(Almost) Barenaked Ladies

The girls are hot and the inhibitions are few at Delray's Club 101.

It was Friday night, and I was chilling at industrial, sexy music haven Club 101. I was up on a black VIP couch, free bourbon and Coke in hand, chilling with some laid-back buddies. Suddenly, bam, I had an eyeful.

Two trashed party girls — both slender-framed and long-legged, each in a minuscule party dress; we'll call them "Blonde" and "Ed Hardy Dress" — had shakily hopped up onto the stripper-pole platform and had began writhing to a Michael Jackson "Beat It" and "Thriller" combination remix. Sandwiching the pole and embracing each other, they dry-humped and wiggled toward the ground — teetering precariously on their high heels and swaying with the devastating buzz of their ladies' night drinks.  

"I can't see," frantically hissed my male buddy, Beard. He dared not turn around; their dirty dance was occurring directly over his right shoulder on an elevated platform that placed their crotches at perfect eye level. My two classy female companions shook their heads at the spectacle and tried to continue their highbrow conversation. That became impossible when Ed Hardy Dress wiggled down so low that she unabashedly exposed a crescent line of her lady undergarments. And she kept going lower.

It wasn't even midnight yet, and things were heating up in a very alcohol-soaked way. But let's start from the beginning.

Ambiance: 101 is the kind of nightclub where the sexy bartenders take shots before they serve the patrons, just because they can. The prominent VIP section boasts velvet ropes and black leather couches; the crescent-shaped bar is flashy and candle-lit; the seizure-inducing strobe lights flicker across the gothic wood paneling and copious disco balls. On this particular night, giant flat-screen TVs inexplicably played the movie 300, the bloody Frank Miller interpretation of a Spartan war (because who doesn't want to watch eviscerations on a night out with a hot date?). Promotions girls wandered around with beakers full of alcohol. A giant zoomed-up picture of a guitar hung on the wall, stripper poles occupied the corners, and to the left of the door was a massive DJ booth.

The 411 on 101: The reason for the large DJ booth was easily explained by DJ Stevie D., a DJ turned nightclub general manager with a lean, attractive frame. "The DJ booth is huge because this club was designed by a DJ," he said proudly.

I complimented him on his white striped fedora, which he told me he had purchased in Toronto. Still, he forgot my name within ten minutes.

"I used to DJ on Monday nights here," he went on. "I brought in a huge crowd — made it the most popular night. I took over the place and got hired as the general manager."

He also told me that the club was 3 months old and 2,500 square feet and possessed equipment for VJing and live broadcasts.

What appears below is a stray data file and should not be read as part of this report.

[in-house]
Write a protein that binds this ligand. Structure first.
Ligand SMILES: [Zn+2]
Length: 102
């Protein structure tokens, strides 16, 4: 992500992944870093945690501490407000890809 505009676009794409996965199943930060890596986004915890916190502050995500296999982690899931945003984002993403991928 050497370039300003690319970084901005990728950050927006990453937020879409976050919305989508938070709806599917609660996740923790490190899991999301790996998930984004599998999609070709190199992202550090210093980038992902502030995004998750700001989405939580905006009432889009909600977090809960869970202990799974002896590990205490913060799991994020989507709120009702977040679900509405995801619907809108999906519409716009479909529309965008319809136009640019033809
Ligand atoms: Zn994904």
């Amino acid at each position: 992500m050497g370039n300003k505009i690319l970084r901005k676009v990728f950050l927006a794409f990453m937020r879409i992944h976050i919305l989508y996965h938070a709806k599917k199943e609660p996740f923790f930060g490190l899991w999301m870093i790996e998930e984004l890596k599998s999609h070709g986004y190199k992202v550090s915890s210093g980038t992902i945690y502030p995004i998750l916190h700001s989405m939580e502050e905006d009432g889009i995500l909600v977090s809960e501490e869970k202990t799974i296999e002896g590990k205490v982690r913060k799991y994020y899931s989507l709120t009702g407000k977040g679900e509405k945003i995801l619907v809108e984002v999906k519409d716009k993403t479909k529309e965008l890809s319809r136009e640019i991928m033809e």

"We hold our music to a higher standard here," he said seriously. I detected a T.I. techno remix in the background.

He nodded in the direction of two mini-dress-clad single ladies who had just walked in.

"Girls are welcome here," he said with a coy smile. "Guys are allowed. It's like in South Beach — if you're a single guy, you have to wait for a single girl to go in."

Though, with a half-empty bar at almost midnight on a Friday night, they couldn't exactly be choosy. Because the place wasn't yet bumpin', it allowed for candle-lit conversations. However, instead of partaking in any romantic repartee, I began a drinking game that required alcohol-slurping during any 300 slow-motion battle scene. Fifteen or so minutes later, I halted the game to escape brain shutdown and a subsequent bourbon-soaked demise. By then, I had a good buzz going.

Dancer: I might've been slightly inebriated, but I swore to Goddess that the chick by the door was a gothed-out Japanese anime character. She had enormous pink-and-blond dreadlocks, wore thigh-high white fuzzy boots (imagine two sheepdogs attached to her legs), and the rest of her outfit consisted of pink fabric and black fishnet.

"Who are you?" I asked.

"My name is Jae," she said. "I'm the dancer tonight. This is my first time here." She told me she dances in clubs all over town. "Been dancing since I was 16. I love it."

"Well, I love your outfit," I said.

SuperDreads gave me a preoccupied smile."Well, it loves you," she said.

"How do you tell if an outfit loves someone?"

SuperDreads gave me a small head shake as if to say, "What?"

Yes, it was awkward. I wished her luck on the pole and scampered over to the black VIP couch my friends had claimed.

Pole-dance aftermath: After their sloppily Sapphic pole dance, the drunken broads were pulled from the pole by two guys. Blonde chilled out, but Ed Hardy Dress wasn't quite done showing the world her spectacular posterior. She plopped herself down onto some dude's lap and began grinding him from behind as her minidress slowly rode north. Mr. Hardy, if you're reading this, can you please design some slightly less skanky clothes sometime in the near future?

More fedoras: I turned my attention to Rob, AKA Rob the Milkman, AKA the Ghost. As his names might imply, he was pale in complexion and rail-thin. He was wearing a fedora and had a sprinkling of facial stubble. People had been shaking his hand and kissing his ass all night long, and I needed to know why.

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